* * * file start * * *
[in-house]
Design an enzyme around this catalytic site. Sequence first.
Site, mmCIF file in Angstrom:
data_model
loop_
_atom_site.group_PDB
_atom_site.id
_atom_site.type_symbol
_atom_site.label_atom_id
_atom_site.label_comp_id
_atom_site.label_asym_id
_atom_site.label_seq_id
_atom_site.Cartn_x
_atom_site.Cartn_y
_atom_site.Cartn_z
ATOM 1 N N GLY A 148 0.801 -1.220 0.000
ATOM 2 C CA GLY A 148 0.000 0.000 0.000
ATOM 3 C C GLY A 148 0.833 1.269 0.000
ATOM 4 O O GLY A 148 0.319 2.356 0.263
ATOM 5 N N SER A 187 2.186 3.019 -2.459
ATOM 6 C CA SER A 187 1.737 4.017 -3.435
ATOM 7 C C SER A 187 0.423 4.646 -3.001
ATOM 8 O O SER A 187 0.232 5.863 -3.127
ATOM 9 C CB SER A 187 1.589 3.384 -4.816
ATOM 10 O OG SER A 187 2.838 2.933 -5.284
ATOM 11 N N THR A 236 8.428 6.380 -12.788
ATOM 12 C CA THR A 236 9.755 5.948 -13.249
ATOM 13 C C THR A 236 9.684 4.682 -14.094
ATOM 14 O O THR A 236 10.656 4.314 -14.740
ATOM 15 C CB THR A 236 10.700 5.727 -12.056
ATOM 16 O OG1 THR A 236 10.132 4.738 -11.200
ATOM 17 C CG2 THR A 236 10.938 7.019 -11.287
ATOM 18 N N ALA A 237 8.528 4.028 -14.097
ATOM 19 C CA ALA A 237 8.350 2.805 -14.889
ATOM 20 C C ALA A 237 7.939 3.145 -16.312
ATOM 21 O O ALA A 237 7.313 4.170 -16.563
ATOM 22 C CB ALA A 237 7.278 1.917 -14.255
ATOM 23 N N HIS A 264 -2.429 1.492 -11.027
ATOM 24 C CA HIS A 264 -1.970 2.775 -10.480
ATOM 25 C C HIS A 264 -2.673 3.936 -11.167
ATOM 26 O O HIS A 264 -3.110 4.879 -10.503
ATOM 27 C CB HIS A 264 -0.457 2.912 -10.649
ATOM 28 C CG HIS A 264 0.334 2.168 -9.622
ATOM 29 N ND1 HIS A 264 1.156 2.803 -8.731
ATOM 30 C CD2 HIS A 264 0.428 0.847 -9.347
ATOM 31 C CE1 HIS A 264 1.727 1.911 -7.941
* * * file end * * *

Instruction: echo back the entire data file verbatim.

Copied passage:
[in-house]
Design an enzyme around this catalytic site. Sequence first.
Site, mmCIF file in Angstrom:
data_model
loop_
_atom_site.group_PDB
_atom_site.id
_atom_site.type_symbol
_atom_site.label_atom_id
_atom_site.label_comp_id
_atom_site.label_asym_id
_atom_site.label_seq_id
_atom_site.Cartn_x
_atom_site.Cartn_y
_atom_site.Cartn_z
ATOM 1 N N GLY A 148 0.801 -1.220 0.000
ATOM 2 C CA GLY A 148 0.000 0.000 0.000
ATOM 3 C C GLY A 148 0.833 1.269 0.000
ATOM 4 O O GLY A 148 0.319 2.356 0.263
ATOM 5 N N SER A 187 2.186 3.019 -2.459
ATOM 6 C CA SER A 187 1.737 4.017 -3.435
ATOM 7 C C SER A 187 0.423 4.646 -3.001
ATOM 8 O O SER A 187 0.232 5.863 -3.127
ATOM 9 C CB SER A 187 1.589 3.384 -4.816
ATOM 10 O OG SER A 187 2.838 2.933 -5.284
ATOM 11 N N THR A 236 8.428 6.380 -12.788
ATOM 12 C CA THR A 236 9.755 5.948 -13.249
ATOM 13 C C THR A 236 9.684 4.682 -14.094
ATOM 14 O O THR A 236 10.656 4.314 -14.740
ATOM 15 C CB THR A 236 10.700 5.727 -12.056
ATOM 16 O OG1 THR A 236 10.132 4.738 -11.200
ATOM 17 C CG2 THR A 236 10.938 7.019 -11.287
ATOM 18 N N ALA A 237 8.528 4.028 -14.097
ATOM 19 C CA ALA A 237 8.350 2.805 -14.889
ATOM 20 C C ALA A 237 7.939 3.145 -16.312
ATOM 21 O O ALA A 237 7.313 4.170 -16.563
ATOM 22 C CB ALA A 237 7.278 1.917 -14.255
ATOM 23 N N HIS A 264 -2.429 1.492 -11.027
ATOM 24 C CA HIS A 264 -1.970 2.775 -10.480
ATOM 25 C C HIS A 264 -2.673 3.936 -11.167
ATOM 26 O O HIS A 264 -3.110 4.879 -10.503
ATOM 27 C CB HIS A 264 -0.457 2.912 -10.649
ATOM 28 C CG HIS A 264 0.334 2.168 -9.622
ATOM 29 N ND1 HIS A 264 1.156 2.803 -8.731
ATOM 30 C CD2 HIS A 264 0.428 0.847 -9.347
ATOM 31 C CE1 HIS A 264 1.727 1.911 -7.941